Uwe Böhnhardt outwitted German intelligence during a decade of racist killings with the neo-Nazi NSU. Now his DNA has been found near the skeleton of murdered child - and that's grounds for all manner of speculation.
The National Socialist Underground (NSU) is accused of 10 murders in its campaign of right-wing terrorism. The nine male victims all had foreign roots; the 10th was a female police officer from the state of Thuringia. The neo-Nazis Uwe Böhnhardt and Uwe Mundlos are thought to have carried out the killings. They are also dead. A police investigation found that the two killed themselves on November 4, 2011, in order to avoid arrest. Now, five years later, Böhnhardt's name has come up in connection with the unsolved 2001 murder of a 9-year-old girl named Peggy , whose remains were found in a forest near Thuringia's state line with Bavaria earlier this summer.
It is unclear whether Peggy was sexually abused before she was killed - but there is suspicion that she might have been. Traces of Böhnhardt's DNA were recently found near Peggy's skeletal remains. It is therefore an obvious assumption that Böhnhardt had something to do with the child's death. Still, authorities are at the very beginning of what is sure to be a complicated and tedious investigation. Fifteen years have passed since the girl was murdered.
Successfully linking these newly found DNA traces to the murder will present a daunting challenge. And, if investigators fail to find other evidence to connect the DNA to the case, any suspicion will remain inconclusive. Neither can one hope to glean information from Böhnhardt's accomplice Beate Zschäpe. Since 2013, Zschäpe, the only surviving member of the accused terror trio, has been on trial before Munich's Higher Regional Court for her role in the racist killing spree - and she has remained stubbornly silent throughout. She claims to have known nothing about her friends' actions until after the fact.
Böhnhardt is believed to have participated in the murders of 10 adults before taking his own life - now an investigation will look into whether the neo-Nazi killed children, too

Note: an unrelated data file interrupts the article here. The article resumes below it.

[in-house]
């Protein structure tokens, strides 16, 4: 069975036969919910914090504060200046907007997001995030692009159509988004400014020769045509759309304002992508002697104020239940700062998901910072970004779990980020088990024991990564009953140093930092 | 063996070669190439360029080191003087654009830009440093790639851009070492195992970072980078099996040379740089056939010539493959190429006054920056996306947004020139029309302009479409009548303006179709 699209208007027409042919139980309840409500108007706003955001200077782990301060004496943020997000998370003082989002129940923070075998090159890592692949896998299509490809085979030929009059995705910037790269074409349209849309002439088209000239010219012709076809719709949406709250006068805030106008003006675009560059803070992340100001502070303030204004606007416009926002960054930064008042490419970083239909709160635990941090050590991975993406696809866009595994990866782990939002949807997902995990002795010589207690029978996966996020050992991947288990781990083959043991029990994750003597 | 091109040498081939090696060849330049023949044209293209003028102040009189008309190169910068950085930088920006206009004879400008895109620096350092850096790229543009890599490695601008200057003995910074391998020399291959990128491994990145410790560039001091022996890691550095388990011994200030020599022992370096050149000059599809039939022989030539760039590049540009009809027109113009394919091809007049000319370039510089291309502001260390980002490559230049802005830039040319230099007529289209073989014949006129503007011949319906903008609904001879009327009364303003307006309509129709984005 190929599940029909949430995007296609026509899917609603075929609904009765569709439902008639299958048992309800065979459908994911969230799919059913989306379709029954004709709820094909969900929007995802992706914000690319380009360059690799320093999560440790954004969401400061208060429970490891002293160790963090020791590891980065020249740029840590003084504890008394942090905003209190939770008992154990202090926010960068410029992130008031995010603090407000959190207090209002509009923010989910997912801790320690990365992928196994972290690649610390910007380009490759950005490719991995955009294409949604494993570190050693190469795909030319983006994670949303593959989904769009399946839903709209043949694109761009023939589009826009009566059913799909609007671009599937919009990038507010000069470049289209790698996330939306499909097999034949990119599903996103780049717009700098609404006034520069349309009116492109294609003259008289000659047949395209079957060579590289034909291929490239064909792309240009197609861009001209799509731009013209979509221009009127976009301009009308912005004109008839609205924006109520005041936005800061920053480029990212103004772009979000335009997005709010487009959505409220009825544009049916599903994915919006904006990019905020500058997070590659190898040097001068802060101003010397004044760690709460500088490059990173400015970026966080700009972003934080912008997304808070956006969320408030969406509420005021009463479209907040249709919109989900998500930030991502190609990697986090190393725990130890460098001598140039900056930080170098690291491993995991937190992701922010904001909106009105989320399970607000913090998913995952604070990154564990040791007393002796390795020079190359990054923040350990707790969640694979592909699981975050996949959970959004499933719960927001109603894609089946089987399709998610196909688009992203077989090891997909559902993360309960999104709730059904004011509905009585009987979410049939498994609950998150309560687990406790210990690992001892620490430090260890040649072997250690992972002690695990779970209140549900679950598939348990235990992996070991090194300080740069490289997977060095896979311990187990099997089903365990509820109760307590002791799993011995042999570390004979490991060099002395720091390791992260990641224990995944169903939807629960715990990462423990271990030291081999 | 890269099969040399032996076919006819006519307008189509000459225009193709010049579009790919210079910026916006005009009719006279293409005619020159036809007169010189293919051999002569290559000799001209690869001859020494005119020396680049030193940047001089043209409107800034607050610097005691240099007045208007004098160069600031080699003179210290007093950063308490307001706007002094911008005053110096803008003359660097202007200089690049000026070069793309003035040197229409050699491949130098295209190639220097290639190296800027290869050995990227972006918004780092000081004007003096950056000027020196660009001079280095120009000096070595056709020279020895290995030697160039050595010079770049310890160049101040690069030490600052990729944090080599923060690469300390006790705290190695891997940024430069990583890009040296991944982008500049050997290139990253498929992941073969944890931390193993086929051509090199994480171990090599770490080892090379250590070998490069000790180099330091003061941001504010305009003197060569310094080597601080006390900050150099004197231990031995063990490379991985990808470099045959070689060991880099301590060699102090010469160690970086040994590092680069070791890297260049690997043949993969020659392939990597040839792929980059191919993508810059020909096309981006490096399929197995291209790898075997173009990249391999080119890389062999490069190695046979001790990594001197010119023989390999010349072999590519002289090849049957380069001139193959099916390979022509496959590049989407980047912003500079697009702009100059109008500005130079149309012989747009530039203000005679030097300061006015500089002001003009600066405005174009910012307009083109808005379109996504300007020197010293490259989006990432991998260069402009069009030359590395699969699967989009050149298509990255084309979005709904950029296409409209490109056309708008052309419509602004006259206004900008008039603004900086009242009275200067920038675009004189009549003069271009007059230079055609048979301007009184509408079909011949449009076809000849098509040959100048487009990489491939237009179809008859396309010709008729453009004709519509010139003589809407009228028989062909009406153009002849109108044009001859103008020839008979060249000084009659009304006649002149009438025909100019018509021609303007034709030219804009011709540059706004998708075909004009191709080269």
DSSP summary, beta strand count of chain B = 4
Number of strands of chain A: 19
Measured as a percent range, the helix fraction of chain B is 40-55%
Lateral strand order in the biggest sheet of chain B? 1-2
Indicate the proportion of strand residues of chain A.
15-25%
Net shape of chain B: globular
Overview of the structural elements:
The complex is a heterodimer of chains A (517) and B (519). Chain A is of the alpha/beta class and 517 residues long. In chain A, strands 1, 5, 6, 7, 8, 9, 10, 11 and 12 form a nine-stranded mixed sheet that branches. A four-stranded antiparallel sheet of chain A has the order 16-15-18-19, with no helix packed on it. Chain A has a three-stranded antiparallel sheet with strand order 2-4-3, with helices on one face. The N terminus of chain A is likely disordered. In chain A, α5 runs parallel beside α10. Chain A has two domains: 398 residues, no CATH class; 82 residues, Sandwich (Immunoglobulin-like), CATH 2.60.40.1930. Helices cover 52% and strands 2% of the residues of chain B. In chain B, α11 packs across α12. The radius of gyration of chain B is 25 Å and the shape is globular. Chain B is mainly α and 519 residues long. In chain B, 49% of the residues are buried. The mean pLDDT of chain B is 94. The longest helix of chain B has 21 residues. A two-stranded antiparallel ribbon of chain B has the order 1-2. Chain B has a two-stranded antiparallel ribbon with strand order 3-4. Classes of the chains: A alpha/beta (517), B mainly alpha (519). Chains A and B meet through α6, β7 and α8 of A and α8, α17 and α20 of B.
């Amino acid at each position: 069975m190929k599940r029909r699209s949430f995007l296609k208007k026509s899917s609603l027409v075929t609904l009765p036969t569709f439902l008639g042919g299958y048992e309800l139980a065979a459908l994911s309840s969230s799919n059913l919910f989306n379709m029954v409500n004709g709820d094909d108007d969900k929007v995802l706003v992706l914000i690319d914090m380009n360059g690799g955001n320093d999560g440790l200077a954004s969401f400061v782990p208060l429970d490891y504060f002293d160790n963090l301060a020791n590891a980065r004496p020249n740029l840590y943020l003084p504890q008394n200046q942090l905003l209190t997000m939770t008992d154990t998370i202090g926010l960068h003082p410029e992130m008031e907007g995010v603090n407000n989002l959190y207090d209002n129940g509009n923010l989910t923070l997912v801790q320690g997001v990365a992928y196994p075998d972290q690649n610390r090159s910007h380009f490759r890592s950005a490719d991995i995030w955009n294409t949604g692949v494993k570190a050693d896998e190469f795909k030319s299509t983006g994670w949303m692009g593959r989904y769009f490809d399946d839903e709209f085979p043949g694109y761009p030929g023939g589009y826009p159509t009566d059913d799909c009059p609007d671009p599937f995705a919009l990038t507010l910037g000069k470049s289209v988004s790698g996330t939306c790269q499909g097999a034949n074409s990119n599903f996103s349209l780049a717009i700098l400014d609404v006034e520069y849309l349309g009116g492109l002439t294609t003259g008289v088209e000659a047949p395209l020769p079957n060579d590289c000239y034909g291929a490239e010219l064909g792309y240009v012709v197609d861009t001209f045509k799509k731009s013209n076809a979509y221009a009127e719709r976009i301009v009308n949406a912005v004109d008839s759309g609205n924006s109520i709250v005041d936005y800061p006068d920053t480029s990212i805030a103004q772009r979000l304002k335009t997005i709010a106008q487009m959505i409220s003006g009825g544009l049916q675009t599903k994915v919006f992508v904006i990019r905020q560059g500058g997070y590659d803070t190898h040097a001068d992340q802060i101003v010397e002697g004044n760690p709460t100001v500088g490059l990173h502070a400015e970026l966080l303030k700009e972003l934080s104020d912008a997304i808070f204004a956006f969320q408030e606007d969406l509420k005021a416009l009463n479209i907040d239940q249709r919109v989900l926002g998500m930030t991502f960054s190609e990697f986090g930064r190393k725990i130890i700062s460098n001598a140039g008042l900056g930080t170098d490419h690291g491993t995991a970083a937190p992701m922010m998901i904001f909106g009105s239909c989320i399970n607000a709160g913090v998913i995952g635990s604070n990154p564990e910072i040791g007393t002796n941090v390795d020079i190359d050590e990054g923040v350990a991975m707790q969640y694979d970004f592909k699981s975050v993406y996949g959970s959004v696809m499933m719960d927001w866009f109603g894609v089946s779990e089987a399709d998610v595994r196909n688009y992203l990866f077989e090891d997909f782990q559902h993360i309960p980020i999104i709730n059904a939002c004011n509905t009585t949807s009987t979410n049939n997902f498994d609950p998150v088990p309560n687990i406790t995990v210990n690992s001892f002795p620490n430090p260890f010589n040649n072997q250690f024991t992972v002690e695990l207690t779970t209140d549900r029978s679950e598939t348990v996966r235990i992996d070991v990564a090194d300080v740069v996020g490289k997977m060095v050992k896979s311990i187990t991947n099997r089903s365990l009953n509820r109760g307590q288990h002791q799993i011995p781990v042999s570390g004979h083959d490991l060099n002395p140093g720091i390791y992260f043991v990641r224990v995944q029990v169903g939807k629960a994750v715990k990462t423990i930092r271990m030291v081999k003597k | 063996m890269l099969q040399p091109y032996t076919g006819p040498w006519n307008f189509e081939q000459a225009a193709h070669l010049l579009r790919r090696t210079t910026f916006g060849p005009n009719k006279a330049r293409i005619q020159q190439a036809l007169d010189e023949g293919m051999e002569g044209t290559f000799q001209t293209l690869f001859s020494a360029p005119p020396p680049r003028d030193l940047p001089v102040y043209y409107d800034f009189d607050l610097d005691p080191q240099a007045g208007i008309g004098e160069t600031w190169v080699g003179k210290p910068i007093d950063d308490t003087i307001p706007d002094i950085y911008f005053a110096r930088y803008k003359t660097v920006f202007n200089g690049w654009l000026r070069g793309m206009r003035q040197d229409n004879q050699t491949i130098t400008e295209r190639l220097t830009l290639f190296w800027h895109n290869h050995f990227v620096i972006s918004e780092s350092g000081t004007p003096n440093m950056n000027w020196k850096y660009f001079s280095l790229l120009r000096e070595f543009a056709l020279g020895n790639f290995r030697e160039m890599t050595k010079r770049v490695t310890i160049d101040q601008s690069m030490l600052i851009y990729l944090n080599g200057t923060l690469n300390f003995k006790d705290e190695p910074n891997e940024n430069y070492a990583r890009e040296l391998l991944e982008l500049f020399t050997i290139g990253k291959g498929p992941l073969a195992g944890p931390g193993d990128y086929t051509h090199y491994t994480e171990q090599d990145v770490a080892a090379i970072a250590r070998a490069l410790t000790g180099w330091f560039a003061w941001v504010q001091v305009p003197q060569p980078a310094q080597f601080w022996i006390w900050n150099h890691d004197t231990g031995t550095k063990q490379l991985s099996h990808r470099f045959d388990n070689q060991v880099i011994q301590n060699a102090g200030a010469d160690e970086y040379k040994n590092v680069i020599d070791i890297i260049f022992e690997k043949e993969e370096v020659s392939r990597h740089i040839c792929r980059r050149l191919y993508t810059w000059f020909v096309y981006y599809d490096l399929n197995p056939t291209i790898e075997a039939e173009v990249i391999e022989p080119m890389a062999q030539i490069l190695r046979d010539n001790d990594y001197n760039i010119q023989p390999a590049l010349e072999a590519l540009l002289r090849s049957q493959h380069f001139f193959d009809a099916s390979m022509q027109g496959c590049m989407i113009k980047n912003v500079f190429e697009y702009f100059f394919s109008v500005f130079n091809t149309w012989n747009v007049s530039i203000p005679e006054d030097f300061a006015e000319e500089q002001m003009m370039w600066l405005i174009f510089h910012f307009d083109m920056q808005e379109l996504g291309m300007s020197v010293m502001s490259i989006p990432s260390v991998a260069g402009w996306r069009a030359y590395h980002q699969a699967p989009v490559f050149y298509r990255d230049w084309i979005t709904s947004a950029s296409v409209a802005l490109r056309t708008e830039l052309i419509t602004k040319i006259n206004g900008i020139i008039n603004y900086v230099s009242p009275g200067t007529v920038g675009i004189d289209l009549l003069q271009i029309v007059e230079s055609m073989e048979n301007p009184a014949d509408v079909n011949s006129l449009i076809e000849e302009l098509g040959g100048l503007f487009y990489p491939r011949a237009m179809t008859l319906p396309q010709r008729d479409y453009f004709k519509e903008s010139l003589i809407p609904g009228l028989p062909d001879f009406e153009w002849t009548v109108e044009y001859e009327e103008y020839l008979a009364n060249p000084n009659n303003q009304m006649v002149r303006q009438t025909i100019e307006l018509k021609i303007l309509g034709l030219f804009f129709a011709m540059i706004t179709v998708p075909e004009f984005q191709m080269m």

NSU's sexual abusers
It is highly unlikely that Peggy's murder will be taken up in the trial. Although several lawyers for victims' families have said they would file motions, the court's criminal panel will likely deny such requests on the grounds that they are unrelated to the charges of racially motivated murder, bomb attacks and robberies in the NSU trial.
Although there is no direct link to the trial, there are other connections between the NSU trio and the sexual abuse of children. This is especially true in regard to one of the most important figures in the extremists' circle of associates and friends: Tino Brandt. In 2014, the neo-Nazi Brandt, who is also from Thuringia, was sentenced to several years in prison for the sexual abuse of minors. Brandt led a double life as one of the driving forces in Thuringia's right-wing scene and as an undercover informant for the state's intelligence agency.
This also puts Böhnhardt's possible involvement in the 1993 murder of a 9-year-old boy in Jena in a new light. The neo-Nazi was from Jena and was 15 years old at the time of the murder. A school friend told police that Böhnhardt killed the boy. However, the case was dropped after an investigation failed to produce conclusive evidence. That may now change: In the wake of the new DNA link, the Thuringia police department has appointed a special commission to investigate all unsolved child murders going back to 1990.